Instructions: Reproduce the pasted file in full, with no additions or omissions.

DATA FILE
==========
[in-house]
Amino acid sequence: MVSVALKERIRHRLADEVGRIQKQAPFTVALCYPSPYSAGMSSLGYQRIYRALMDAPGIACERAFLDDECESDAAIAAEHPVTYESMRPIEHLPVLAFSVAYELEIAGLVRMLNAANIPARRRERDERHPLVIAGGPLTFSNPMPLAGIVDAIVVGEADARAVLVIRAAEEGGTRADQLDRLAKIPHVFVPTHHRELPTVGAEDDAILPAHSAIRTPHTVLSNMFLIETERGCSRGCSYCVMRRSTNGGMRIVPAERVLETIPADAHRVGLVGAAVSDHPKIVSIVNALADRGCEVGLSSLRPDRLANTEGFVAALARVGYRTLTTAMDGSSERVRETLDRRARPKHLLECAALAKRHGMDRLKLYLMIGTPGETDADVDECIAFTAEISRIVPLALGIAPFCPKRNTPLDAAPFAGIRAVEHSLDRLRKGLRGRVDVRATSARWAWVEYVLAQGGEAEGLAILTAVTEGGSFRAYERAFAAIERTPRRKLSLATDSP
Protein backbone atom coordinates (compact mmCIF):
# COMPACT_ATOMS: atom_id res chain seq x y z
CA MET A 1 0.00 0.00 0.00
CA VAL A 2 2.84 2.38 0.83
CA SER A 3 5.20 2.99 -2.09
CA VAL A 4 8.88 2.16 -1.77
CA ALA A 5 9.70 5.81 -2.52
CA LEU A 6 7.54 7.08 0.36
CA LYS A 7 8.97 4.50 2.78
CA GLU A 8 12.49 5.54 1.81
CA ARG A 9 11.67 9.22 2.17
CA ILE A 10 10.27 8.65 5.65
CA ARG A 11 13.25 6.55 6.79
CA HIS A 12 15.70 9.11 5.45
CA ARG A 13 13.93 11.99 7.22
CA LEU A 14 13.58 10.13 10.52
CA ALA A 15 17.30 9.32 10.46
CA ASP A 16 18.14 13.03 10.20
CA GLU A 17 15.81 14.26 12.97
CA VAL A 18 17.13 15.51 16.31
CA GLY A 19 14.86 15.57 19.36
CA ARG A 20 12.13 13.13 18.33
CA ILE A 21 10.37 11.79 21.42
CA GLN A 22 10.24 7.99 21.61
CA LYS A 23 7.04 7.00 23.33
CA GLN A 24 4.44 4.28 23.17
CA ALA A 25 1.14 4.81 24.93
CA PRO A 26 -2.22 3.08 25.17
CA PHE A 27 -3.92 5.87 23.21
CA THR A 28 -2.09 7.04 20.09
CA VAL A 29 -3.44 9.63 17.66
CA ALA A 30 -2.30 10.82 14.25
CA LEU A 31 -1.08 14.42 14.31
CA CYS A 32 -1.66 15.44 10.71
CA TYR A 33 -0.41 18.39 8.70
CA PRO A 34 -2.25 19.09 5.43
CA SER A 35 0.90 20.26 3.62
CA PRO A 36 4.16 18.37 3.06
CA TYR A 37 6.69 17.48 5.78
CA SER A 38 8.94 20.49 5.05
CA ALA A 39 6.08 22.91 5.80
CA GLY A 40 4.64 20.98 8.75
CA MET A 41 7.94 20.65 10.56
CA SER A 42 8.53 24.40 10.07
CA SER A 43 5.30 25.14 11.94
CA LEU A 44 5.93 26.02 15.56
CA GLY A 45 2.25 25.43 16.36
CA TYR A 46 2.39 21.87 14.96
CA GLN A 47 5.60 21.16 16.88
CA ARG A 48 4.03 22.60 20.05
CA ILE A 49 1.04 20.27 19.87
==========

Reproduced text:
[in-house]
Amino acid sequence: MVSVALKERIRHRLADEVGRIQKQAPFTVALCYPSPYSAGMSSLGYQRIYRALMDAPGIACERAFLDDECESDAAIAAEHPVTYESMRPIEHLPVLAFSVAYELEIAGLVRMLNAANIPARRRERDERHPLVIAGGPLTFSNPMPLAGIVDAIVVGEADARAVLVIRAAEEGGTRADQLDRLAKIPHVFVPTHHRELPTVGAEDDAILPAHSAIRTPHTVLSNMFLIETERGCSRGCSYCVMRRSTNGGMRIVPAERVLETIPADAHRVGLVGAAVSDHPKIVSIVNALADRGCEVGLSSLRPDRLANTEGFVAALARVGYRTLTTAMDGSSERVRETLDRRARPKHLLECAALAKRHGMDRLKLYLMIGTPGETDADVDECIAFTAEISRIVPLALGIAPFCPKRNTPLDAAPFAGIRAVEHSLDRLRKGLRGRVDVRATSARWAWVEYVLAQGGEAEGLAILTAVTEGGSFRAYERAFAAIERTPRRKLSLATDSP
Protein backbone atom coordinates (compact mmCIF):
# COMPACT_ATOMS: atom_id res chain seq x y z
CA MET A 1 0.00 0.00 0.00
CA VAL A 2 2.84 2.38 0.83
CA SER A 3 5.20 2.99 -2.09
CA VAL A 4 8.88 2.16 -1.77
CA ALA A 5 9.70 5.81 -2.52
CA LEU A 6 7.54 7.08 0.36
CA LYS A 7 8.97 4.50 2.78
CA GLU A 8 12.49 5.54 1.81
CA ARG A 9 11.67 9.22 2.17
CA ILE A 10 10.27 8.65 5.65
CA ARG A 11 13.25 6.55 6.79
CA HIS A 12 15.70 9.11 5.45
CA ARG A 13 13.93 11.99 7.22
CA LEU A 14 13.58 10.13 10.52
CA ALA A 15 17.30 9.32 10.46
CA ASP A 16 18.14 13.03 10.20
CA GLU A 17 15.81 14.26 12.97
CA VAL A 18 17.13 15.51 16.31
CA GLY A 19 14.86 15.57 19.36
CA ARG A 20 12.13 13.13 18.33
CA ILE A 21 10.37 11.79 21.42
CA GLN A 22 10.24 7.99 21.61
CA LYS A 23 7.04 7.00 23.33
CA GLN A 24 4.44 4.28 23.17
CA ALA A 25 1.14 4.81 24.93
CA PRO A 26 -2.22 3.08 25.17
CA PHE A 27 -3.92 5.87 23.21
CA THR A 28 -2.09 7.04 20.09
CA VAL A 29 -3.44 9.63 17.66
CA ALA A 30 -2.30 10.82 14.25
CA LEU A 31 -1.08 14.42 14.31
CA CYS A 32 -1.66 15.44 10.71
CA TYR A 33 -0.41 18.39 8.70
CA PRO A 34 -2.25 19.09 5.43
CA SER A 35 0.90 20.26 3.62
CA PRO A 36 4.16 18.37 3.06
CA TYR A 37 6.69 17.48 5.78
CA SER A 38 8.94 20.49 5.05
CA ALA A 39 6.08 22.91 5.80
CA GLY A 40 4.64 20.98 8.75
CA MET A 41 7.94 20.65 10.56
CA SER A 42 8.53 24.40 10.07
CA SER A 43 5.30 25.14 11.94
CA LEU A 44 5.93 26.02 15.56
CA GLY A 45 2.25 25.43 16.36
CA TYR A 46 2.39 21.87 14.96
CA GLN A 47 5.60 21.16 16.88
CA ARG A 48 4.03 22.60 20.05
CA ILE A 49 1.04 20.27 19.87